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Vol. 10, No. 3 Week of January 16, 2005
Providing coverage of Alaska and northern Canada's oil and gas industry

Pioneer to spend $900M-plus on capital projects in 2005

Independent plans more development and exploration wells this year, some 800, up from last year, with some 300 wells planned for Raton basin

Ray Tyson

Petroleum News Houston Correspondent

Big exploration and production independent Pioneer Natural Resources says it plans to spend between $900 million and $950 million on capital projects worldwide in 2005, with about 5 percent or roughly $47.5 million of the total earmarked for Alaska’s North Slope.

Pioneer’s 2005 budget represents a 12 percent increase over 2004 spending, and includes Rocky Mountain projects from merger partner and subsidiary Evergreen Resources.

“In 2005, we plan to step up our activity level and drill more development and exploration wells,” Tim Dove, Pioneer’s president and chief operating officer, said Jan. 11.

About 75 percent of the 2005 capital budget is directed toward development activities, including facilities, with 25 percent allocated to exploration, Pioneer said.

Most of this year’s capital spending will occur in the United States. In addition to the 5 percent in Alaska, about 20 percent of the budget will go to Evergreen’s Rockies assets, 25 percent to other onshore U.S. assets, and 25 percent to the Gulf of Mexico.

Pioneer said it has completed an extensive technical and economic evaluation of resource potential within its Oooguruk field discovery in the shallow waters of the Beaufort Sea off Alaska’s North Slope, and will continue with engineering and permitting activities to confirm favorable development economics at the discovery. The company said it also plans to drill three wells on other Alaska prospects during 2005. (See Petroleum News story archives at

About 25 percent of 2005 capital is designated for international projects, with approximately 15 percent allocated to Argentina and 5 percent to projects in both Africa and Canada, Pioneer said.

Pioneer plans to drill about 800 wells worldwide during 2005, a significant increase over 2004, to take advantage of today’s high commodity price environment, the company said.

In Colorado’s Raton basin, Pioneer plans to drill about 300 wells, up roughly 50 percent from 2004 activity levels. To handle the stepped-up drilling schedule and deliver on the expected double-digit production growth, Pioneer said it added staff, purchased additional fracture stimulation and drilling equipment and secured additional pipeline capacity.

Pioneer’s recent Rockies acquisition also added significant acreage in the Piceance and Uinta basins, and the company said it expects to complete a comprehensive evaluation of those resources and gas marketing alternatives for the assets during 2005.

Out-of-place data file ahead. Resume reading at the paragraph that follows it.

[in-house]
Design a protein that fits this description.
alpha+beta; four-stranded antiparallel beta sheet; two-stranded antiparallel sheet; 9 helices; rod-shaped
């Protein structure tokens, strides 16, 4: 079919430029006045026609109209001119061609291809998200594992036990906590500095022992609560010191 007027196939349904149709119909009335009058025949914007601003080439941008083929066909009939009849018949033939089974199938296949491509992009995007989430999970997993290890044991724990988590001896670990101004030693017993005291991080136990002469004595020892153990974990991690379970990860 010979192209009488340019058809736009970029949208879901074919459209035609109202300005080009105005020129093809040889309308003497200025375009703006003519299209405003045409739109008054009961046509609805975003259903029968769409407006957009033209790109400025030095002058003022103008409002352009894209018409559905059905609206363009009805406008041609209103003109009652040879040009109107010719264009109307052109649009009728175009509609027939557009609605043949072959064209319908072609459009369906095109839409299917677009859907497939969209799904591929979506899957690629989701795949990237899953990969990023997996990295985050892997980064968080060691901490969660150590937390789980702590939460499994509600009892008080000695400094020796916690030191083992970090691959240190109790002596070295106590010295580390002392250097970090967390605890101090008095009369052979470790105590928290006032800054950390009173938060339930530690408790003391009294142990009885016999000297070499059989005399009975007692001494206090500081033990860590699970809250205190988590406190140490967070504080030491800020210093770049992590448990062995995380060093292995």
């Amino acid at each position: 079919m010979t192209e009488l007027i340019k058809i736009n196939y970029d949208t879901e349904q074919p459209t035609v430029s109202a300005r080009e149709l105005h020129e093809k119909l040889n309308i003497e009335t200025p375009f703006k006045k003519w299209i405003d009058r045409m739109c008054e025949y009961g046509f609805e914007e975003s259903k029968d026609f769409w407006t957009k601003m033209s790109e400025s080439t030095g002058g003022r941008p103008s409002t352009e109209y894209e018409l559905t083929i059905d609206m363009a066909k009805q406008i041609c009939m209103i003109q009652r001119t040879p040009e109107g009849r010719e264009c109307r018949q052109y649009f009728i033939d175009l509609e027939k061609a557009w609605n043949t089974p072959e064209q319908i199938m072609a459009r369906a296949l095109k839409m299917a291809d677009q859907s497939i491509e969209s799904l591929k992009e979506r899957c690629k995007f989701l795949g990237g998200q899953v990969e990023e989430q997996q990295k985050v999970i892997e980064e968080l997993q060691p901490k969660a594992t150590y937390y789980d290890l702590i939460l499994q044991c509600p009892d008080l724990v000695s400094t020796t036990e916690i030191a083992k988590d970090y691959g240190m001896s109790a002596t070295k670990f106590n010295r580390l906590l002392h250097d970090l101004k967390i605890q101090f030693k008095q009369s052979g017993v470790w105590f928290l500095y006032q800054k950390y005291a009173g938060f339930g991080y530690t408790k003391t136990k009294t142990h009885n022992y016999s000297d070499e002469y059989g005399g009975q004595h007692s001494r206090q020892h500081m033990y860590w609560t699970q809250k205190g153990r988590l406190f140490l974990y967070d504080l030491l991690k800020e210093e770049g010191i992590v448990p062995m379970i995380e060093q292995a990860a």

Other onshore U.S. drilling will include about 260 development wells, primarily concentrated in the company’s legacy Spraberry, Pawnee and West Panhandle fields where Pioneer has a multi-year inventory of development drilling locations.

Varied Gulf work planned

In the Gulf of Mexico, Pioneer said it plans to invest roughly $100 million on appraisal wells related to field discoveries that are expected to add new production in 2006 and 2007 and sidetracks expected to capture additional reserves and extend the production life of key wells in the Canyon Express and Falcon areas.

Additionally in the Gulf of Mexico, Pioneer said it intends to drill six to eight exploration wells focused mainly in the deepwater. The program is balanced between Falcon satellites and shallow-water prospects with shorter lead times to first production and higher-potential targets in deeper water, the company added.

In Canada, Pioneer said it will concentrate its winter drilling activities in the Chinchaga field of northeastern British Columbia with more than 50 wells planned, a 40 percent increase over 2004. In southern Alberta, where drilling is not limited to the winter season, Pioneer said it would drill as many as 80 wells targeting coalbed methane in the Horseshoe Canyon area.

In Argentina, Pioneer said it would expand its gas processing facilities to extract additional liquids. In the Neuquen Basin, more than 90 development wells are planned, and the company said it will continue to evaluate the potential for deeper gas accumulations expecting to deliver 8 to 10 percent production growth in 2005.

In North Africa, Pioneer has five wells currently producing in excess of 13,000 barrels of oil per day on the Adam concession, and plans to add production in 2005, drilling two to four additional wells. Outside the Adam concession, the company plans to drill three exploration wells, two of which will test the lateral extent of previous discoveries on the Anaguid block.

In West Africa, Pioneer said it expects to participate in two to three “high-impact” wells, one of which would be drilled on its current acreage in Equatorial Guinea.

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